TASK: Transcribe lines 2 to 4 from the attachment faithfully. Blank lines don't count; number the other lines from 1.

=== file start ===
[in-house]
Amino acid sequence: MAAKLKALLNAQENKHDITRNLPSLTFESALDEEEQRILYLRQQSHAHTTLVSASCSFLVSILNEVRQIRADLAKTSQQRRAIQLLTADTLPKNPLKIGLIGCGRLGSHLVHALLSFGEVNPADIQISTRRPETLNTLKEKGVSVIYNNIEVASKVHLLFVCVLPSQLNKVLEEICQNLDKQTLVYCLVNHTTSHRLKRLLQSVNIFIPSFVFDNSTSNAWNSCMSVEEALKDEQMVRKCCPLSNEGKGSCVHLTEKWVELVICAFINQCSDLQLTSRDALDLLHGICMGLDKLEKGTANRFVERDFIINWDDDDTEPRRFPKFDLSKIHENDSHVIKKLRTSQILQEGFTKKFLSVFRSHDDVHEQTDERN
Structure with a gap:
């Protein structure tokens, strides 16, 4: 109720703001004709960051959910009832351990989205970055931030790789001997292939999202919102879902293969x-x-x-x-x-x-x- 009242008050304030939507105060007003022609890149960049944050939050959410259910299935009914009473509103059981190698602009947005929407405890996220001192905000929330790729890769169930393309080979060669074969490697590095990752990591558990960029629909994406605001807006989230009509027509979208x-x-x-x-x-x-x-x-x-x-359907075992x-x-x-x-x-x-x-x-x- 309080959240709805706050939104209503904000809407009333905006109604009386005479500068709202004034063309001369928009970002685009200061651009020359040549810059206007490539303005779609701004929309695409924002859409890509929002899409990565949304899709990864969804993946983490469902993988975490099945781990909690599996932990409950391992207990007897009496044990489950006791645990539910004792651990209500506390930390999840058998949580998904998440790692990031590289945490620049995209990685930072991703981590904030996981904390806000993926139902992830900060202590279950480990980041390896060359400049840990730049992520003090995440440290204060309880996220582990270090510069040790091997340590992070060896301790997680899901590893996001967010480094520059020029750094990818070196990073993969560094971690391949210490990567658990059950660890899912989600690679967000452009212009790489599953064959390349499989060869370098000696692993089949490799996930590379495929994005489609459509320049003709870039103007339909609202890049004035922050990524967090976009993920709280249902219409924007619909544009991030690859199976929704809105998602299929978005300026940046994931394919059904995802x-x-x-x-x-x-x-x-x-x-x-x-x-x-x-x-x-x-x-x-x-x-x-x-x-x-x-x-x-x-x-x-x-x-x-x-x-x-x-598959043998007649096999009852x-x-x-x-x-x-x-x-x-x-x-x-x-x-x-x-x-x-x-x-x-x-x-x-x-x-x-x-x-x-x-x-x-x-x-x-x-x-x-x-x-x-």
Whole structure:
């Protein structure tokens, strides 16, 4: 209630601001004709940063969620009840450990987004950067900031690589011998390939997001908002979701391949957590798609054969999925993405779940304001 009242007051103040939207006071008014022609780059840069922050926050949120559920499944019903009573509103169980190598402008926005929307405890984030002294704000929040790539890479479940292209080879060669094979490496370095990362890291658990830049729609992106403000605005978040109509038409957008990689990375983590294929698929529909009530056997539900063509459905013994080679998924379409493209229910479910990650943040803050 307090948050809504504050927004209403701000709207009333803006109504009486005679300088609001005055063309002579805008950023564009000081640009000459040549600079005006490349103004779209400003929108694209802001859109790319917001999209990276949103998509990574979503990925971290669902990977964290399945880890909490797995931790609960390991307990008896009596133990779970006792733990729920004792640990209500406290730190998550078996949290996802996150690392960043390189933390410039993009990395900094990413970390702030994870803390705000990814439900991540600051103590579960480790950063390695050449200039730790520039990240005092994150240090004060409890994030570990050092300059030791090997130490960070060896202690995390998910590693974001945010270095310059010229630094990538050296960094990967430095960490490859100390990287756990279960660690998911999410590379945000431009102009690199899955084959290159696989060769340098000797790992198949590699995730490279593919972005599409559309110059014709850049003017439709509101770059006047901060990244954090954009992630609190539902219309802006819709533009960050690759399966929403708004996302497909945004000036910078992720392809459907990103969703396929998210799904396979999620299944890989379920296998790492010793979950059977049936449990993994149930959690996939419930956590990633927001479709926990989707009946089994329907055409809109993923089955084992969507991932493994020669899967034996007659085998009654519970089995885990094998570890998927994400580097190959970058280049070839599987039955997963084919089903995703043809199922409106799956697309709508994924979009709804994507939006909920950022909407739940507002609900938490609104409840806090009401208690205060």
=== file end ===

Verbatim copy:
Amino acid sequence: MAAKLKALLNAQENKHDITRNLPSLTFESALDEEEQRILYLRQQSHAHTTLVSASCSFLVSILNEVRQIRADLAKTSQQRRAIQLLTADTLPKNPLKIGLIGCGRLGSHLVHALLSFGEVNPADIQISTRRPETLNTLKEKGVSVIYNNIEVASKVHLLFVCVLPSQLNKVLEEICQNLDKQTLVYCLVNHTTSHRLKRLLQSVNIFIPSFVFDNSTSNAWNSCMSVEEALKDEQMVRKCCPLSNEGKGSCVHLTEKWVELVICAFINQCSDLQLTSRDALDLLHGICMGLDKLEKGTANRFVERDFIINWDDDDTEPRRFPKFDLSKIHENDSHVIKKLRTSQILQEGFTKKFLSVFRSHDDVHEQTDERN
Structure with a gap:
């Protein structure tokens, strides 16, 4: 109720703001004709960051959910009832351990989205970055931030790789001997292939999202919102879902293969x-x-x-x-x-x-x- 009242008050304030939507105060007003022609890149960049944050939050959410259910299935009914009473509103059981190698602009947005929407405890996220001192905000929330790729890769169930393309080979060669074969490697590095990752990591558990960029629909994406605001807006989230009509027509979208x-x-x-x-x-x-x-x-x-x-359907075992x-x-x-x-x-x-x-x-x- 309080959240709805706050939104209503904000809407009333905006109604009386005479500068709202004034063309001369928009970002685009200061651009020359040549810059206007490539303005779609701004929309695409924002859409890509929002899409990565949304899709990864969804993946983490469902993988975490099945781990909690599996932990409950391992207990007897009496044990489950006791645990539910004792651990209500506390930390999840058998949580998904998440790692990031590289945490620049995209990685930072991703981590904030996981904390806000993926139902992830900060202590279950480990980041390896060359400049840990730049992520003090995440440290204060309880996220582990270090510069040790091997340590992070060896301790997680899901590893996001967010480094520059020029750094990818070196990073993969560094971690391949210490990567658990059950660890899912989600690679967000452009212009790489599953064959390349499989060869370098000696692993089949490799996930590379495929994005489609459509320049003709870039103007339909609202890049004035922050990524967090976009993920709280249902219409924007619909544009991030690859199976929704809105998602299929978005300026940046994931394919059904995802x-x-x-x-x-x-x-x-x-x-x-x-x-x-x-x-x-x-x-x-x-x-x-x-x-x-x-x-x-x-x-x-x-x-x-x-x-x-x-598959043998007649096999009852x-x-x-x-x-x-x-x-x-x-x-x-x-x-x-x-x-x-x-x-x-x-x-x-x-x-x-x-x-x-x-x-x-x-x-x-x-x-x-x-x-x-």